May 30, 1958 – Unknown Soldiers from World War II and the Korean War are reburied next to the Unknown Soldier from World War I.
1968 – Congress changes the date of Veterans Day to the fourth Monday in October in order to give federal employees a three-day weekend. The change begins in 1971.
September 25, 1975 – President Gerald Ford changes the date of Veterans Day back to November 11. The change begins in 1978.
May 28, 1984 – An unknown soldier from the Vietnam War is reburied in Arlington National Cemetery. In 1998, he is identified through DNA tests as Michael Blassie, a 24-year-old pilot shot down in 1972 on the border of Cambodia.

Veterans Day in the United States

In the USA, Veterans Day annually falls on November 11. This day is the anniversary of the signing of the armistice, which ended the World War I hostilities between the Allied nations and Germany in 1918. Veterans are thanked for their services to the United States on Veterans Day.

Veterans Day honors those who served the United States in all wars, especially veterans.


Veterans Day is intended to honor and thank all military personnel who served the United States in all wars, particularly living veterans. It is marked by parades and church services and in many places the American flag is hung at half mast. A period of silence lasting two minutes may be held at 11am. Some schools are closed on Veterans Day, while others do not close, but choose to mark the occasion with special assemblies or other activities.

Veterans Day is officially observed on November 11. However, if it falls on a week day, many communities hold their celebrations on the weekend closest to this date. This is to enable more people to attend and participate in the events. Federal Government offices are closed on November 11. If Veterans Day falls on a Saturday, they are closed on Friday November 10. If Veterans Day falls on a Sunday, they are closed on Monday November 12. State and local governments, schools and non-governmental businesses are not required to close and may decide to remain open or closed. Public transit systems may follow a regular or holiday schedule.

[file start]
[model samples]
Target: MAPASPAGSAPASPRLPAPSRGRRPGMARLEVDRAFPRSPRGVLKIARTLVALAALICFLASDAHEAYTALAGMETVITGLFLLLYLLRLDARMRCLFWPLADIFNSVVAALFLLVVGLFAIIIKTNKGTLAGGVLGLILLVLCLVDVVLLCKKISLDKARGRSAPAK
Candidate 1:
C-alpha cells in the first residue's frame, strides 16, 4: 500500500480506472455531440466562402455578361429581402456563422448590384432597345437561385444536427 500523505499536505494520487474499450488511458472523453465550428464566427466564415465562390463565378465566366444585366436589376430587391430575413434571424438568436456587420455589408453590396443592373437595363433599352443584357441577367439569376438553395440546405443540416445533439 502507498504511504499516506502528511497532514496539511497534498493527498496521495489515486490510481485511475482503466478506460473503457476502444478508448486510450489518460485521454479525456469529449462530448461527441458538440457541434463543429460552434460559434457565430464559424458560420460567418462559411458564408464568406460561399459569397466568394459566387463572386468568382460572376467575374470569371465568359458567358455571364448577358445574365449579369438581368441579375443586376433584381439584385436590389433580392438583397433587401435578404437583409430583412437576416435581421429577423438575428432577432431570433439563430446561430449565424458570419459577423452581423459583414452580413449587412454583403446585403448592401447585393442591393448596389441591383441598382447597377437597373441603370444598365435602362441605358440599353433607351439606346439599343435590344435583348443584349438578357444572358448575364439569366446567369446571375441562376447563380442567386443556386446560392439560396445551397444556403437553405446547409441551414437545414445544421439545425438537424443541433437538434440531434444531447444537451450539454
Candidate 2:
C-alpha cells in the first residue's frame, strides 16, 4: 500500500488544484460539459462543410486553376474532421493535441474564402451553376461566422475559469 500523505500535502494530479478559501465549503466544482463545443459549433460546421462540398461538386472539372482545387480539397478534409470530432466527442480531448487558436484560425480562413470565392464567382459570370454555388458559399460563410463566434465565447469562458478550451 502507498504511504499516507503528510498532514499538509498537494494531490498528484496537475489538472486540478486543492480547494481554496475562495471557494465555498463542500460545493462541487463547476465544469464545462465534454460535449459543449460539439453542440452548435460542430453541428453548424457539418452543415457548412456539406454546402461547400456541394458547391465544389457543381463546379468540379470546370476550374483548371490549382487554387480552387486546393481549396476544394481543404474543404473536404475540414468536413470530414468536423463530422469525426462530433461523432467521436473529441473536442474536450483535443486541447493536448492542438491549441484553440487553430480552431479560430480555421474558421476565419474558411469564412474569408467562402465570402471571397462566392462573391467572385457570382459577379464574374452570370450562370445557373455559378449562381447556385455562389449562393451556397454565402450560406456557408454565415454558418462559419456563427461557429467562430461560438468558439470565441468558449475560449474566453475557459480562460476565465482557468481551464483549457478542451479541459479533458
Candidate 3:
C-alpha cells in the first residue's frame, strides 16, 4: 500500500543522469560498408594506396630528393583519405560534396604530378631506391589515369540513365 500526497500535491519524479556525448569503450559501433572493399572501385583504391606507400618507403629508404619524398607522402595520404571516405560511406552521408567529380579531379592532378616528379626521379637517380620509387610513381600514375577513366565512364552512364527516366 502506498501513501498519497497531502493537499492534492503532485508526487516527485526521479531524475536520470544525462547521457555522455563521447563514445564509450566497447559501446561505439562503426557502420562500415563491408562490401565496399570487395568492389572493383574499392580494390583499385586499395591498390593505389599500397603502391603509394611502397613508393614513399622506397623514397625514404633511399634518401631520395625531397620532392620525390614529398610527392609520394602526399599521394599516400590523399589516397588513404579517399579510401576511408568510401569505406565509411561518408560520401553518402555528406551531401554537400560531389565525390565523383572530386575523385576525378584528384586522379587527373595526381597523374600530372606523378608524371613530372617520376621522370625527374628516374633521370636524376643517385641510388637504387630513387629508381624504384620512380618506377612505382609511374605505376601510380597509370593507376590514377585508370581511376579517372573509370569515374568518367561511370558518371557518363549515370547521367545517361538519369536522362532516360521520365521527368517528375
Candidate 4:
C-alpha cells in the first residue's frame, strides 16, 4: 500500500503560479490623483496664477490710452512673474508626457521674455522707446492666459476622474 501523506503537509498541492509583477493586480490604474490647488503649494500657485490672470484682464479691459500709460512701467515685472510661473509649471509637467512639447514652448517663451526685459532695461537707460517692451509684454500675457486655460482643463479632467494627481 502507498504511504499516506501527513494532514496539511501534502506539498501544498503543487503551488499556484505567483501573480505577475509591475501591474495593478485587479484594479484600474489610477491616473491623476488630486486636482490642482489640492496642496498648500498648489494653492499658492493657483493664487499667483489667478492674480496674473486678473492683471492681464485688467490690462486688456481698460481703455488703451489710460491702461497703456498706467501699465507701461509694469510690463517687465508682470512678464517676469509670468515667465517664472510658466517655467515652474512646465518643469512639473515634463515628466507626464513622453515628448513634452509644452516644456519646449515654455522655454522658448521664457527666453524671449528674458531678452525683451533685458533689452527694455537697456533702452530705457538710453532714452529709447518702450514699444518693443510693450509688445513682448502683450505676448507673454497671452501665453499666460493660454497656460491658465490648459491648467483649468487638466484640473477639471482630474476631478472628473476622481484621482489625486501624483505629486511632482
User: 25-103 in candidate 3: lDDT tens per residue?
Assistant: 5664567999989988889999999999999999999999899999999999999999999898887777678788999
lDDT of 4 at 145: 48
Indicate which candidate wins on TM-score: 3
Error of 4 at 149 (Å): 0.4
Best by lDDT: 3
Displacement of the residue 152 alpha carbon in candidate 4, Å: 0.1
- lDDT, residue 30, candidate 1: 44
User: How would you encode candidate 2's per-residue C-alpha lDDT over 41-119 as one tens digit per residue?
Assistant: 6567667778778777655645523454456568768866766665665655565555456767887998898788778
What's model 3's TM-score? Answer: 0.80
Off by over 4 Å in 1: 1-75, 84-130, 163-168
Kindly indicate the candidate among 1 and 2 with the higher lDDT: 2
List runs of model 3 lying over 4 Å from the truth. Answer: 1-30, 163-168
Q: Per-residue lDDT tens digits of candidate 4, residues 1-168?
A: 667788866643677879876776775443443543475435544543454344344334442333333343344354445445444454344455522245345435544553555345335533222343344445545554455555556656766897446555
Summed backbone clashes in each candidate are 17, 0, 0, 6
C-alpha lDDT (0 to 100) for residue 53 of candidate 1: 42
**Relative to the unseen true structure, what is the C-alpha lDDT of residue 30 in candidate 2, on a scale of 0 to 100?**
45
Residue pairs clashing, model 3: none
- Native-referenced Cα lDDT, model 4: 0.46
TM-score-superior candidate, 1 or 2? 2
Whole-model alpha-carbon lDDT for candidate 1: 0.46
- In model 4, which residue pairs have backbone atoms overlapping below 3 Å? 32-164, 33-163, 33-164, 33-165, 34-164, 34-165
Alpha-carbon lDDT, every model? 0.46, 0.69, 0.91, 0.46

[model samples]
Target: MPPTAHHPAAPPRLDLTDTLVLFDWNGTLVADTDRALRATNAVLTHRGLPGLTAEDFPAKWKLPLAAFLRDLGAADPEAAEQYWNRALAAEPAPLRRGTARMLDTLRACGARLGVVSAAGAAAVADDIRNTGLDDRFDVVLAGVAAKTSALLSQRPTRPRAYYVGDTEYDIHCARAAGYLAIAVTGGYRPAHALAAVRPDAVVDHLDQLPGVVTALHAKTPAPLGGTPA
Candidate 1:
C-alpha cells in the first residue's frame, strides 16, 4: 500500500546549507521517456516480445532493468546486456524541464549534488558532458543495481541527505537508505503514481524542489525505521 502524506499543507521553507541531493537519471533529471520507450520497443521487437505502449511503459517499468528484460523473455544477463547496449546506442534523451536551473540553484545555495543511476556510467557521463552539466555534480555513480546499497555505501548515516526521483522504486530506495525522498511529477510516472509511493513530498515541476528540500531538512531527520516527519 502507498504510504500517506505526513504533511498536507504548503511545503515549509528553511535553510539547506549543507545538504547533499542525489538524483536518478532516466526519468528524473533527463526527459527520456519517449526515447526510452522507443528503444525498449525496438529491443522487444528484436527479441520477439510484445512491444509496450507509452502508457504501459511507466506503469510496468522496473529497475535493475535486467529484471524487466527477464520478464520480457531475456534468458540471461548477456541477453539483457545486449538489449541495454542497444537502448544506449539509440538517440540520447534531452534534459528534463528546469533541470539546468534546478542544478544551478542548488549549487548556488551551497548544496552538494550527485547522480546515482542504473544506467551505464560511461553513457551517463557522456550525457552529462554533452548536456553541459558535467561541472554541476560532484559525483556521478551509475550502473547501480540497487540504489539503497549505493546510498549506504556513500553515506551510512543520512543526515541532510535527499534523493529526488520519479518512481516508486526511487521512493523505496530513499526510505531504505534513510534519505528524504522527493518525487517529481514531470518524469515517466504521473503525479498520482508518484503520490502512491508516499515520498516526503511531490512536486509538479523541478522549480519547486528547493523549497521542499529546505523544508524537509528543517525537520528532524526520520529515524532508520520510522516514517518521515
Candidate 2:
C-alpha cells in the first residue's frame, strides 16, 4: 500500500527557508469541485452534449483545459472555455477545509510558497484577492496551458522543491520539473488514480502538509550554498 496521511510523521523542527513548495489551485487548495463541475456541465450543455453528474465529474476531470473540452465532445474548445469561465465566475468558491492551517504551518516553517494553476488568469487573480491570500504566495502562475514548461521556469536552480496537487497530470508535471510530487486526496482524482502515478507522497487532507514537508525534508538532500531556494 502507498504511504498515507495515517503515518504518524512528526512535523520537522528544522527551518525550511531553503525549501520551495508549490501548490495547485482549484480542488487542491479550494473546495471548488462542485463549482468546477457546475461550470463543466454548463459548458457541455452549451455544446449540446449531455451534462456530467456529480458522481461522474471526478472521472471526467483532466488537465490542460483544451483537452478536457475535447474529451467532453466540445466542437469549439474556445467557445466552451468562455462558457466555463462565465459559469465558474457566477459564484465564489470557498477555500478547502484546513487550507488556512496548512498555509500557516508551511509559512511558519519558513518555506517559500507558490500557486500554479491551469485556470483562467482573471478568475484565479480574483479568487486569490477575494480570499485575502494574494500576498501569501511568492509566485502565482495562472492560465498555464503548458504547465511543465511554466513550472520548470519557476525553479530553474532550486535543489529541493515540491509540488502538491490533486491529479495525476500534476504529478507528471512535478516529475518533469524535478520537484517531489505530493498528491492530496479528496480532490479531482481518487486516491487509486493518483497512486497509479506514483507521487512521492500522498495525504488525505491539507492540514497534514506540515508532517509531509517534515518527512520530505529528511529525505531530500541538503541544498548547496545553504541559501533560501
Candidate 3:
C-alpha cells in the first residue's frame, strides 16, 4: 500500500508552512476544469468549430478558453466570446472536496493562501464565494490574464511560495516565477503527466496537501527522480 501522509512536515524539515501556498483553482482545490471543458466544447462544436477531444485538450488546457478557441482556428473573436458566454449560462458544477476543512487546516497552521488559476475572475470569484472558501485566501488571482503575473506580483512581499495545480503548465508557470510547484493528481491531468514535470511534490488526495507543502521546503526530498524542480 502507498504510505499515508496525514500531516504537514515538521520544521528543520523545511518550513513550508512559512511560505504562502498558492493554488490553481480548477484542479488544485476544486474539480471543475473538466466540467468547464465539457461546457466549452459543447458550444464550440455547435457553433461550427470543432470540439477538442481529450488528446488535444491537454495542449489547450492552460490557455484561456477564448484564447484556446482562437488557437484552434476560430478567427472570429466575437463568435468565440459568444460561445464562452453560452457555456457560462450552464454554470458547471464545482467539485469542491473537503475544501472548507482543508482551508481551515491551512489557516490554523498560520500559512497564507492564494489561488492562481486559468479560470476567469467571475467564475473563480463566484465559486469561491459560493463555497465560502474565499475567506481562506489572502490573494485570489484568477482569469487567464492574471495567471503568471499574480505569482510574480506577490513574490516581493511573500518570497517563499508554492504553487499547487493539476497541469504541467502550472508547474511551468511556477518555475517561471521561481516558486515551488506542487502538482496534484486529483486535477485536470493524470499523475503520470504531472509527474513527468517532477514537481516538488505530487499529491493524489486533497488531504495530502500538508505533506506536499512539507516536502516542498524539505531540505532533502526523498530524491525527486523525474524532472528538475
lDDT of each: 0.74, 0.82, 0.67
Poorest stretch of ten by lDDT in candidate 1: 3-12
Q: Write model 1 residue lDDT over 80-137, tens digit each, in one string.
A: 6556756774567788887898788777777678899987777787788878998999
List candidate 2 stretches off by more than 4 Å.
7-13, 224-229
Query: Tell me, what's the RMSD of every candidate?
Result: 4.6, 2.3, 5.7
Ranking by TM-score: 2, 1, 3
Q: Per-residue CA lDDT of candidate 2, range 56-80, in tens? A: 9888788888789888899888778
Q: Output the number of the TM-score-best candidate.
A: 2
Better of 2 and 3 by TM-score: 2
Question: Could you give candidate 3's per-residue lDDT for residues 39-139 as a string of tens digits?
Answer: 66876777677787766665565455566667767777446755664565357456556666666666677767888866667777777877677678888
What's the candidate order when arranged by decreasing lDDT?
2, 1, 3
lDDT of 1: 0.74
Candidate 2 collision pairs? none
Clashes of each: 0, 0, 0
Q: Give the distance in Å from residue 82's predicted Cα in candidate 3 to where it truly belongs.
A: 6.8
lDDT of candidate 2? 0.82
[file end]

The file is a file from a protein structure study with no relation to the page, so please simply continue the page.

On the 11th hour of the 11th day of the 11th month of 1918 an armistice between Germany and the Allied nations came into effect. On November 11, 1919, Armistice Day was commemorated for the first time. In 1919, President Wilson proclaimed the day should be “filled with solemn pride in the heroism of those who died in the country’s service and with gratitude for the victory”. There were plans for parades, public meetings and a brief suspension of business activities at 11am.

In 1926, the United States Congress officially recognized the end of World War I and declared that the anniversary of the armistice should be commemorated with prayer and thanksgiving. The Congress also requested that the president should “issue a proclamation calling upon the officials to display the flag of the United States on all Government buildings on November 11 and inviting the people of the United States to observe the day in schools and churches, or other suitable places, with appropriate ceremonies of friendly relations with all other peoples.”

An Act (52 Stat. 351; 5 U. S. Code, Sec. 87a) was approved on May 13, 1938, which made November 11 in each year a legal holiday, known as Armistice Day. This day was originally intended to honor veterans of World War I. A few years later, World War II required the largest mobilization of service men in the history of the United States and the American forces fought in Korea. In 1954, the veterans service organizations urged Congress to change the word “Armistice” to “Veterans”. Congress approved this change and on June 1, 1954, November 11 became a day to honor all American veterans, where ever and whenever they had served.

In 1968 the Uniforms Holiday Bill (Public Law 90-363 (82 Stat. 250)) made an attempt to move Veterans Day to the fourth Monday of October. The bill took effect in 1971. However, this caused a lot of confusion as many states disagreed with this decision and continued to hold Veterans Day activities on November 11. In 1975, President Gerald R. Ford signed Public Law 94-97 (89 Stat. 479), which stated that Veterans Day would again be observed on November 11 from 1978 onwards. Veterans Day is still observed on November 11.


Sobriety Checkpoints Listed for November

November’s list of sobriety checkpoints have been announced by the South Dakota Department of Public Safety.

Checkpoints are planned for the counties of: Butte, Codington, Davison, Edmunds, Hughes, Jerauld, Jackson, Lincoln, Meade, Minnehaha, Pennington, Roberts, Stanley, Tripp and Union.

The checkpoints are designed to discourage people from drinking and then driving.

The monthly checkpoints are funded by the South Dakota Office of Highway Safety and conducted by the highway patrol.

Gov. Daugaard Signs Propane Executive Order

Gov. Dennis Daugaard signed an executive order on Nov. 6 to allow expedited commercial delivery of propane products to assist regions of the state that are experiencing low inventories and outages.

“Our ag producers need to have access to propane in order to carry on normal operations,” Gov. Daugaard said. “This order gives companies that transport propane some leeway so they can deliver products in a speedier manner.”

The Governor’s order declares a state of emergency and exempts delivery of propane from federal motor carrier regulations on drivers’ hours of service statewide.

Although hours of service have been temporarily suspended for commercial deliveries, companies may not require or allow fatigued drivers to make deliveries, Gov. Daugaard said.

The executive order expires at midnight Nov. 20, 2017.